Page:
Earlier this week, we looked at how the advent of the Internet created an open-source free market of sorts. The Internet gave more power to the people, allowing for sharing and trading from consumer to consumer. Eventually, consumers themselves began starting their own small business within this online marketplace. When you bring a pizza to the party, everyone’s gonna want a slice.
Soon enough, programs like Napster arrived, allowing for what is known as peer-to-peer, or P2P, sharing of files—in this case, digital music files. Metallica, among a few other big-name bands and major labels, lashed out at the web upstart (founded by a college dropout and a web wunderkind) with lawsuits. Even though Napster settled the lawsuits and lost its relevancy among the general public, it changed the game in the music industry, and forced even the big leagues to adapt to these changes. Since then, many small businesses, websites and companies have sprung up to become players in the music industry.
For years, Cisco had labeled the secondary market for IT hardware as a gray market, stating that when products are purchased through this “gray market,” rather than through Cisco, they (Cisco) cannot guarantee the source and quality of those products. They shunned the secondary market for years, considering it a threat to the sale of their new equipment. Finally, back in the fall of 2011, Cisco announced that it will embrace the resale of its own used equipment by reselling its own refurbished equipment to non-authorized Cisco brokers on the “gray market.” Secondary equipment resellers have been waiting on this “If you can’t beat them, join them” attitude for quite a long time. And while Cisco still doesn’t make it easy for “gray market” vendors to sell to Cisco end-users from outside of the channel, their own sales of used Cisco equipment act as an affirmation that what they label as the “gray market” is actually a legitimate marketplace.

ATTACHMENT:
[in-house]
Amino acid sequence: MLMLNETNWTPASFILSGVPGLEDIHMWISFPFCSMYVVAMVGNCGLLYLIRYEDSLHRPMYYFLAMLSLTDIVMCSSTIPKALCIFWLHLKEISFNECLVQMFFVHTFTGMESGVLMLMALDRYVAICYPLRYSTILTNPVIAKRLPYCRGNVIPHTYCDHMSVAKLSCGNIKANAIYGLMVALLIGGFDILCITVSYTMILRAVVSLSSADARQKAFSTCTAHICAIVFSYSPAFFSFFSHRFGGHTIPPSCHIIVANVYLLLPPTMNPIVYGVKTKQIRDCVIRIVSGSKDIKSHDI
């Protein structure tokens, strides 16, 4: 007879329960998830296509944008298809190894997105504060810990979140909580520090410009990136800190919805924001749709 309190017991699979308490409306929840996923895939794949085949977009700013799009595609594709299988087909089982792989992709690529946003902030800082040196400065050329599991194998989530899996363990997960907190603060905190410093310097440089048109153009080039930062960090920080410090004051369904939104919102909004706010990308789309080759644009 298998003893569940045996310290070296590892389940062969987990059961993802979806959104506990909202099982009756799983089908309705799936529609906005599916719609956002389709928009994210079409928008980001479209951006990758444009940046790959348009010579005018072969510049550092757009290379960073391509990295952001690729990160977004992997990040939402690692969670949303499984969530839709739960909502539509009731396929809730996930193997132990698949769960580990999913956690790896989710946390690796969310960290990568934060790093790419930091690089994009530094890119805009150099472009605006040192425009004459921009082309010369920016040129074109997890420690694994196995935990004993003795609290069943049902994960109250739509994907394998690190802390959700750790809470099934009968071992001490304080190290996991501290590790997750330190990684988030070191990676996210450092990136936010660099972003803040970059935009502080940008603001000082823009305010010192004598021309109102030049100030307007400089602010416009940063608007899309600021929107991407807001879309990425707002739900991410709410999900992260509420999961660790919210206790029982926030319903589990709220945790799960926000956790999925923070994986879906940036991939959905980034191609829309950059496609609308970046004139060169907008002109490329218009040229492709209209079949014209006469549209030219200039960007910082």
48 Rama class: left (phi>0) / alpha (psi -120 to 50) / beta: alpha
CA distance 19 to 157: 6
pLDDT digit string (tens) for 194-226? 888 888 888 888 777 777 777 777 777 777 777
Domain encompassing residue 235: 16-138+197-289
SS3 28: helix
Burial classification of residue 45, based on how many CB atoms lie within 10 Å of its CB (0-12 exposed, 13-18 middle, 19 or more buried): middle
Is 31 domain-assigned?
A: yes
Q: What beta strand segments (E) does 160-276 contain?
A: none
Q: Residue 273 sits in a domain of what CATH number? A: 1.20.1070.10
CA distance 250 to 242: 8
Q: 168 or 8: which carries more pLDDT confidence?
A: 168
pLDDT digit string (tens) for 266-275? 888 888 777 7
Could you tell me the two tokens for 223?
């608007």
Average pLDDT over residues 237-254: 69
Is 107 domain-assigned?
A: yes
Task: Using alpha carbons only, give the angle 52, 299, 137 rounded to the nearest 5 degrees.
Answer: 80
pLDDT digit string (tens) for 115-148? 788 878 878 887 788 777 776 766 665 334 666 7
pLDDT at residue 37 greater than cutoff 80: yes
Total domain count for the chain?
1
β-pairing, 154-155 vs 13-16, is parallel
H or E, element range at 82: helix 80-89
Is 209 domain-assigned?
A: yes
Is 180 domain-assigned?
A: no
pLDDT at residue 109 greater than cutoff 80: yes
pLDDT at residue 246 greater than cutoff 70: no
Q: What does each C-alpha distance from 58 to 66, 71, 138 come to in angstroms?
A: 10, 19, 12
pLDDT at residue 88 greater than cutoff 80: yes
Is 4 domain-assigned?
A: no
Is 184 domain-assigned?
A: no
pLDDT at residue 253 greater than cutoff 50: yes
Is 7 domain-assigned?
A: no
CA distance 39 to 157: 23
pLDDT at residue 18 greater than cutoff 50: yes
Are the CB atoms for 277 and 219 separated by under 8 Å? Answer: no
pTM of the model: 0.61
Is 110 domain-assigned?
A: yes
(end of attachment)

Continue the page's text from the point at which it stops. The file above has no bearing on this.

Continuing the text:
The secondary market is an actual ecosystem of tech resellers and active customers (end-users) that are buying and selling such equipment outside of the channel endorsed by manufacturers. Secondary-market resellers are best known for providing used or refurbished equipment at a fraction of the cost of if it were to be purchased new. It is also worth mentioning that not ALL of the equipment on the secondary market is old equipment. Many secondary resellers provide a quantity of new equipment that was purchased from a manufacturer’s overstock. Bankruptcies have terminated many IT projects, and changing business demands can cause the end-user to actually never utilize or even open the products. Resellers can acquire used equipment from IT organizations that are upgrading or shifting technologies. These resellers then test and refurbish the equipment thoroughly before making it available for resale. There are many benefits of buying in the secondary market; value proposition on the cost of new vs. refurbished equipment is the main thesis here, but let’s not forget product availability and quick shipping times. Most resellers have inventory that ranges from current back down the line to 5 years ago. This gives the ultimate end-user a “price range/equipment needs” to work with when deciding which products to buy. Shipping most products within 24-72 hours–compared to the 3-5 weeks it takes for a manufacturer to build the product–holds an immense value alone.
Here at planIT HARDWARE, we take pride in providing our customers with new and refurbished equipment. Every product sold has a one year warranty (for end-users) and has been put through a series of tests by our in-house technicians to ensure that it is in great working condition.